Get out the big box of Kleenex.
This story comes from Courtney
This story comes from Courtney
The worst part about mucking stalls is that you have a lot of time to think. A lot of time to wonder,
“What if Richard hadn’t been up in that hayloft? What if the paramedics got there faster? Why
didn’t he use his arms to break the fall? When is he gonna come home again? Will he ever be
able to ride his horses again?”
Plenty of time to think, but the answers never come to me.
Richard is the husband of my trainer, Marj. She and my mom are the same age and are good
friends. Marj and Richard have both been horse people for decades. I have only just begun. I
have taken many lessons here with Marj and I still have a lot to learn.
I am mucking stalls today because Richard can’t. Almost two weeks ago he was working in the
barn with his son, and he suddenly fell from the hayloft. He’s been in a coma ever since. He goes
up into that hayloft every day, and has been for twenty years. What happened? With a barn full of
horses, I have plenty of stalls to muck and plenty of time to torture myself with questions and
Richard is one of those quiet guys. A man of few words but much wisdom. When he speaks,
you better listen because it’s gonna be important. But he is almost always smiling so you know
he isn’t the grumpy or unfriendly. He just doesn’t waste words.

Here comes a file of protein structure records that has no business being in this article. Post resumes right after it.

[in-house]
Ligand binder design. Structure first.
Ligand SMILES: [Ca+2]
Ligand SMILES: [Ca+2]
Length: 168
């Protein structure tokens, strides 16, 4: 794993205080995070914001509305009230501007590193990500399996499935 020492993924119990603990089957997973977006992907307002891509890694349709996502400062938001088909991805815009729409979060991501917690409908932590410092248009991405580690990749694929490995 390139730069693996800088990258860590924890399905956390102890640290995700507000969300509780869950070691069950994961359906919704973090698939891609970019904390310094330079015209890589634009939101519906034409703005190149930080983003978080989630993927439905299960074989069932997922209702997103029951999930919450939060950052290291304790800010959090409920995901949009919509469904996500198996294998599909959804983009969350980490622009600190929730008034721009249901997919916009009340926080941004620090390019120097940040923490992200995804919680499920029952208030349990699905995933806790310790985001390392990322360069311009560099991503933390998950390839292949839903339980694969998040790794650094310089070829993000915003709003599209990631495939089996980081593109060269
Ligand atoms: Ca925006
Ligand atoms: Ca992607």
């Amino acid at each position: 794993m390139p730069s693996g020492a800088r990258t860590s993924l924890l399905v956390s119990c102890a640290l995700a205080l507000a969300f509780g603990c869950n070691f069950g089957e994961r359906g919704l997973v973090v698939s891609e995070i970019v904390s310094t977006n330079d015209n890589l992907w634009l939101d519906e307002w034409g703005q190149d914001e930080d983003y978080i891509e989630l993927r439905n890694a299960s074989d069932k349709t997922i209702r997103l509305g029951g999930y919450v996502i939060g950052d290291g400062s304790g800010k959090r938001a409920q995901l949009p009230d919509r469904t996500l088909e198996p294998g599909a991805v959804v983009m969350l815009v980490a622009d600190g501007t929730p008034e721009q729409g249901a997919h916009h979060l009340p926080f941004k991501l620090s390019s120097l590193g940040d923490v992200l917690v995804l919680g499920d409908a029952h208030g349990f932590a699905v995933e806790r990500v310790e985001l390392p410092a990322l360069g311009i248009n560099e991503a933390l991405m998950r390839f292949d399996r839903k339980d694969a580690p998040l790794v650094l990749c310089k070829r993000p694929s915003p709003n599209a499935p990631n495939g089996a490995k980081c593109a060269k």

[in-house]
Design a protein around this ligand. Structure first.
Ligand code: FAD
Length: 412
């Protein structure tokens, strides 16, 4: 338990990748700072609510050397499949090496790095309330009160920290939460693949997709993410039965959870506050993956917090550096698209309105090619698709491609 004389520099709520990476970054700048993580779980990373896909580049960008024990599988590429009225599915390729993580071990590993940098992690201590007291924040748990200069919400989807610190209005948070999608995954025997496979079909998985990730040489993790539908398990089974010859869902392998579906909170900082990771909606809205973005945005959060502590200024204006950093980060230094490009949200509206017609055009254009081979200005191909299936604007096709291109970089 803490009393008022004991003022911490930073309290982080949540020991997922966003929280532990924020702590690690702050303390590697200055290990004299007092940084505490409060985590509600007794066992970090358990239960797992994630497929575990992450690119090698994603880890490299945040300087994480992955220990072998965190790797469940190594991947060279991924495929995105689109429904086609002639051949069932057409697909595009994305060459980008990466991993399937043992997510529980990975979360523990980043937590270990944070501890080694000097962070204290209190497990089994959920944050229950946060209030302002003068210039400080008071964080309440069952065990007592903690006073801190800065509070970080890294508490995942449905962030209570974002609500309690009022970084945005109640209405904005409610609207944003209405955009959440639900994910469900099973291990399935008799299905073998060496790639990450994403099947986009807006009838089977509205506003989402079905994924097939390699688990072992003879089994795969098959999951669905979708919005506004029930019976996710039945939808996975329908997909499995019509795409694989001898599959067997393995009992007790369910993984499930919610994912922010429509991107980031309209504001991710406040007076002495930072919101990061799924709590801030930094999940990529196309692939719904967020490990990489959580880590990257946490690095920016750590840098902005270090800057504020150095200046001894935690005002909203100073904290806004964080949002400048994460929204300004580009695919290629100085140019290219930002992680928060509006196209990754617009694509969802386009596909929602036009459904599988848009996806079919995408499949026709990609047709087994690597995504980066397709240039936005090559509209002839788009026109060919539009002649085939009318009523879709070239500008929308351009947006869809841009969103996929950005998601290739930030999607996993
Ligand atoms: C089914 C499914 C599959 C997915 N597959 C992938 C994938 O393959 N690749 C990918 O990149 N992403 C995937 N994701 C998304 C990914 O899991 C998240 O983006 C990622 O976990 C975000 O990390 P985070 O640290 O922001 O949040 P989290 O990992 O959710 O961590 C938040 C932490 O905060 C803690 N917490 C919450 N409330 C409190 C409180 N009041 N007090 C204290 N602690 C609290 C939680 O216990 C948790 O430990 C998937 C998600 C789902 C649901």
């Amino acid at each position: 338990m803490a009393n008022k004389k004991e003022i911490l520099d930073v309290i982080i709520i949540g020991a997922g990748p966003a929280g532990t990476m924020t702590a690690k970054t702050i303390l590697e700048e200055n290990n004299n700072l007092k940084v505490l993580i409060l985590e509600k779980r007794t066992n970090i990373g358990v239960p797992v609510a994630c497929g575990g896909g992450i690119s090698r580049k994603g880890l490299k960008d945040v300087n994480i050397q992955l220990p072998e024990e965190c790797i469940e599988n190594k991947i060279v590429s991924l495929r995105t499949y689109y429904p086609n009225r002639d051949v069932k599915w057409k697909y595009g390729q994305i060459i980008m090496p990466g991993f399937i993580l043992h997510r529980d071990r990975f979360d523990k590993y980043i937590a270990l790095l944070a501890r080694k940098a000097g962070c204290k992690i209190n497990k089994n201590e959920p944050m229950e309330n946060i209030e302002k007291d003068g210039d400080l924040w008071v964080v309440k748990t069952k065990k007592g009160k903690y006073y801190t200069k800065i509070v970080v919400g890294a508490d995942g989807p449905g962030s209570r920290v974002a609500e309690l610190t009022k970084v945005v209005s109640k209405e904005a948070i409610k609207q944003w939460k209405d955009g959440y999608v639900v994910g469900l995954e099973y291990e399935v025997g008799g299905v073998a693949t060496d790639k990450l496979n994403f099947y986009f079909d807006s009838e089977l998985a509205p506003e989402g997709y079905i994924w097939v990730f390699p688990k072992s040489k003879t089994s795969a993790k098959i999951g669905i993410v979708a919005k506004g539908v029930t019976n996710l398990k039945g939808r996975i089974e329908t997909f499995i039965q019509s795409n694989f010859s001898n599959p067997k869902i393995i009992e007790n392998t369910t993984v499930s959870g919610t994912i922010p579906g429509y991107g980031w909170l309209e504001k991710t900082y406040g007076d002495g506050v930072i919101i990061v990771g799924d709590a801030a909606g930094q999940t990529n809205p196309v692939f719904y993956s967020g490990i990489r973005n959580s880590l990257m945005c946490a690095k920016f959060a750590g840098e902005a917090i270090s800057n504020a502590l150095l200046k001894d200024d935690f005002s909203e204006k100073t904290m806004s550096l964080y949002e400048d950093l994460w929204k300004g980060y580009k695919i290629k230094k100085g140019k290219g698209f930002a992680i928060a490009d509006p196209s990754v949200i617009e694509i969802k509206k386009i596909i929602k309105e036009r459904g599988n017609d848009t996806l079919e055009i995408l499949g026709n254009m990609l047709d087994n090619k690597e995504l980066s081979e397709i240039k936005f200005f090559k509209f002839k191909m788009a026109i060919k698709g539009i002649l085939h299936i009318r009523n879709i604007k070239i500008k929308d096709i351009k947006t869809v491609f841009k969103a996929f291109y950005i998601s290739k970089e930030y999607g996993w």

This is even more true when he works with horses. I have never heard him say a single word to a horse. No “Hey's," no “No's," no “Giddyup's," nothing. And yet every horse knows exactly what is expected, and every horse listens to Richard. And respects him.
The barn is silent. But this isn’t the usual, comfortable silence of a barn full of content horses.
This is the silence of everyone holding their breath. The silence of all the horses knowing
something’s wrong. The sound of me flinging manure into the wheelbarrow is like thunder. But
it’s not loud enough to cover up the storm inside my head.
As I push the wheelbarrow to the next stall, it makes its trademark squeaking noise as we roll
down the aisle. I remember hearing this squeaking noise every evening last winter, when I was
here hand-walking my injured horse. It was under 20 degrees many nights, and this barn isn’t
heated. Richard was always there, bundled up in Carhartt, taking care of the horses without
complaint. He even hand-walked Zorro for me when the snow was so bad that I couldn’t make
the drive out to the barn. Marj was the one who told me about it, because Richard prefers to do
his good deeds quietly.
And I don’t even want to think about how many hours Richard spent helping me train Zorro to
load in a trailer. Zorro is a hot, stubborn horse, and it often took hours to get him in the trailer.
Richard never ran out of patience or smiles, in spite of the frustration. He never told me I had no
business owning a 3-year-old, even though I probably didn’t. He just quietly helped me every time
Richard is kind and respectful to everyone. From obnoxious children running loose in the barn, to
timid middle-aged re-riders, to silly girls like me who bought a horse with her first paycheck. He
is always helpful and never makes you feel bad about yourself, even as you are realizing how
little you know about horses. He’ll answer your dumb questions, help you with that tricky saddle
buckle (again), and then head out on the trail with you as if you are an equal partner. Am I ever
going to trail ride with Richard again?
This time, I do get an answer. My mom enters the barn, tears in her eyes. “He’s gone.”